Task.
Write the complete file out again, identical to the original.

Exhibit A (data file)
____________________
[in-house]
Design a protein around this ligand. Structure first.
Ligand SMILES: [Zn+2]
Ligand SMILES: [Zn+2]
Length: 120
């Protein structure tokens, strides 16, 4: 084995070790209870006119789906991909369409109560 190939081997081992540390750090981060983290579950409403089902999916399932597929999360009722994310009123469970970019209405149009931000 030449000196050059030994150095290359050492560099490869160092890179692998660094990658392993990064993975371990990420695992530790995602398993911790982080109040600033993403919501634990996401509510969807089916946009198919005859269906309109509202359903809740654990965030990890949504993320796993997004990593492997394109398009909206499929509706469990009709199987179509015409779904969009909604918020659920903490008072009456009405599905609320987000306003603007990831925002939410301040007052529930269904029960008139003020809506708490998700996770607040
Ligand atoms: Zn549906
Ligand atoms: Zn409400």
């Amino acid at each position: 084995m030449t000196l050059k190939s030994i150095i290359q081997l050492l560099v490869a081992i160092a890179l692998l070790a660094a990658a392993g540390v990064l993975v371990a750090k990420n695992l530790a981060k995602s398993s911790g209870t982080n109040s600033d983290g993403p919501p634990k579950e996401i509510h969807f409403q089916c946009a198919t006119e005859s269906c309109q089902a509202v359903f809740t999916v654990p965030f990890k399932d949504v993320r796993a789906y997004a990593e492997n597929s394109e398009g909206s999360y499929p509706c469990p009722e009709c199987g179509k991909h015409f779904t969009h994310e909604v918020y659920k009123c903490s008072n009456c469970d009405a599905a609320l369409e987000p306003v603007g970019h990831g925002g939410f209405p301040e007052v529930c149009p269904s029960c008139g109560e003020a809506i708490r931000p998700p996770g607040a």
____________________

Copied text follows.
[in-house]
Design a protein around this ligand. Structure first.
Ligand SMILES: [Zn+2]
Ligand SMILES: [Zn+2]
Length: 120
């Protein structure tokens, strides 16, 4: 084995070790209870006119789906991909369409109560 190939081997081992540390750090981060983290579950409403089902999916399932597929999360009722994310009123469970970019209405149009931000 030449000196050059030994150095290359050492560099490869160092890179692998660094990658392993990064993975371990990420695992530790995602398993911790982080109040600033993403919501634990996401509510969807089916946009198919005859269906309109509202359903809740654990965030990890949504993320796993997004990593492997394109398009909206499929509706469990009709199987179509015409779904969009909604918020659920903490008072009456009405599905609320987000306003603007990831925002939410301040007052529930269904029960008139003020809506708490998700996770607040
Ligand atoms: Zn549906
Ligand atoms: Zn409400």
């Amino acid at each position: 084995m030449t000196l050059k190939s030994i150095i290359q081997l050492l560099v490869a081992i160092a890179l692998l070790a660094a990658a392993g540390v990064l993975v371990a750090k990420n695992l530790a981060k995602s398993s911790g209870t982080n109040s600033d983290g993403p919501p634990k579950e996401i509510h969807f409403q089916c946009a198919t006119e005859s269906c309109q089902a509202v359903f809740t999916v654990p965030f990890k399932d949504v993320r796993a789906y997004a990593e492997n597929s394109e398009g909206s999360y499929p509706c469990p009722e009709c199987g179509k991909h015409f779904t969009h994310e909604v918020y659920k009123c903490s008072n009456c469970d009405a599905a609320l369409e987000p306003v603007g970019h990831g925002g939410f209405p301040e007052v529930c149009p269904s029960c008139g109560e003020a809506i708490r931000p998700p996770g607040a």